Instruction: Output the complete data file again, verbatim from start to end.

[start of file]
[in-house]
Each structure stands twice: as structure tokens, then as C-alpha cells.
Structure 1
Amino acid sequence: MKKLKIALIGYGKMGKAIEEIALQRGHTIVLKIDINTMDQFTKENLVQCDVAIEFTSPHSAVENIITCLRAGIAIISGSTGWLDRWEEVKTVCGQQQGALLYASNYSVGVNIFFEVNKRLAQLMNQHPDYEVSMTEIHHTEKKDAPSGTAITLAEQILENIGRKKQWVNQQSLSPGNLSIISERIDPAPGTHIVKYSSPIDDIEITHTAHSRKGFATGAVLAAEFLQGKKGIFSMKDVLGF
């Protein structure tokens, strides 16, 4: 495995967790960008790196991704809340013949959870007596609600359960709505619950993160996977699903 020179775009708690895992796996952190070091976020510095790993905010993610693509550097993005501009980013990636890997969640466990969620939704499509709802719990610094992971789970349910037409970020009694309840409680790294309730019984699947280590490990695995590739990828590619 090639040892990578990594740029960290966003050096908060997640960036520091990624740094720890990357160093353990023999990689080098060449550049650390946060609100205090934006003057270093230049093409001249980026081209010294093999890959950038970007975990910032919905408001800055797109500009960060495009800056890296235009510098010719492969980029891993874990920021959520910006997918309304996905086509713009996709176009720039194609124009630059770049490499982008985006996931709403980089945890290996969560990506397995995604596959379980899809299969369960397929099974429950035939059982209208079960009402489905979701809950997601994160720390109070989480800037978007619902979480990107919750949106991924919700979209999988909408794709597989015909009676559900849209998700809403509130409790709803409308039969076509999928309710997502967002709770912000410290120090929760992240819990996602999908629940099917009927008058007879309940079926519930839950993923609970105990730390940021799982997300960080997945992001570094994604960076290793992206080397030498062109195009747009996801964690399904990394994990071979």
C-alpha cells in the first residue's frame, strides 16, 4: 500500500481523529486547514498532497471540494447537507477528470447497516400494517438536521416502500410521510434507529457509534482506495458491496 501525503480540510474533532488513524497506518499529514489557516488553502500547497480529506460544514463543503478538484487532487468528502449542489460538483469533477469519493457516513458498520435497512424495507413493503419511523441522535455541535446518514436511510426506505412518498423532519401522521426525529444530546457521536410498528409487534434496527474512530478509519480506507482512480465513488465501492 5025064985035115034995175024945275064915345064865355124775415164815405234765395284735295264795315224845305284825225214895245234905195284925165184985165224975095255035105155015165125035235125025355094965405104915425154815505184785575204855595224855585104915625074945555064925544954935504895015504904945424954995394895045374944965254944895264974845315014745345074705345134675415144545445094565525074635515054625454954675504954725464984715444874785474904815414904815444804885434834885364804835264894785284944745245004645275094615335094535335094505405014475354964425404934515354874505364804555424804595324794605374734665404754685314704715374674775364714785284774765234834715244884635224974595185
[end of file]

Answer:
[in-house]
Each structure stands twice: as structure tokens, then as C-alpha cells.
Structure 1
Amino acid sequence: MKKLKIALIGYGKMGKAIEEIALQRGHTIVLKIDINTMDQFTKENLVQCDVAIEFTSPHSAVENIITCLRAGIAIISGSTGWLDRWEEVKTVCGQQQGALLYASNYSVGVNIFFEVNKRLAQLMNQHPDYEVSMTEIHHTEKKDAPSGTAITLAEQILENIGRKKQWVNQQSLSPGNLSIISERIDPAPGTHIVKYSSPIDDIEITHTAHSRKGFATGAVLAAEFLQGKKGIFSMKDVLGF
């Protein structure tokens, strides 16, 4: 495995967790960008790196991704809340013949959870007596609600359960709505619950993160996977699903 020179775009708690895992796996952190070091976020510095790993905010993610693509550097993005501009980013990636890997969640466990969620939704499509709802719990610094992971789970349910037409970020009694309840409680790294309730019984699947280590490990695995590739990828590619 090639040892990578990594740029960290966003050096908060997640960036520091990624740094720890990357160093353990023999990689080098060449550049650390946060609100205090934006003057270093230049093409001249980026081209010294093999890959950038970007975990910032919905408001800055797109500009960060495009800056890296235009510098010719492969980029891993874990920021959520910006997918309304996905086509713009996709176009720039194609124009630059770049490499982008985006996931709403980089945890290996969560990506397995995604596959379980899809299969369960397929099974429950035939059982209208079960009402489905979701809950997601994160720390109070989480800037978007619902979480990107919750949106991924919700979209999988909408794709597989015909009676559900849209998700809403509130409790709803409308039969076509999928309710997502967002709770912000410290120090929760992240819990996602999908629940099917009927008058007879309940079926519930839950993923609970105990730390940021799982997300960080997945992001570094994604960076290793992206080397030498062109195009747009996801964690399904990394994990071979």
C-alpha cells in the first residue's frame, strides 16, 4: 500500500481523529486547514498532497471540494447537507477528470447497516400494517438536521416502500410521510434507529457509534482506495458491496 501525503480540510474533532488513524497506518499529514489557516488553502500547497480529506460544514463543503478538484487532487468528502449542489460538483469533477469519493457516513458498520435497512424495507413493503419511523441522535455541535446518514436511510426506505412518498423532519401522521426525529444530546457521536410498528409487534434496527474512530478509519480506507482512480465513488465501492 5025064985035115034995175024945275064915345064865355124775415164815405234765395284735295264795315224845305284825225214895245234905195284925165184985165224975095255035105155015165125035235125025355094965405104915425154815505184785575204855595224855585104915625074945555064925544954935504895015504904945424954995394895045374944965254944895264974845315014745345074705345134675415144545445094565525074635515054625454954675504954725464984715444874785474904815414904815444804885434834885364804835264894785284944745245004645275094615335094535335094505405014475354964425404934515354874505364804555424804595324794605374734665404754685314704715374674775364714785284774765234834715244884635224974595185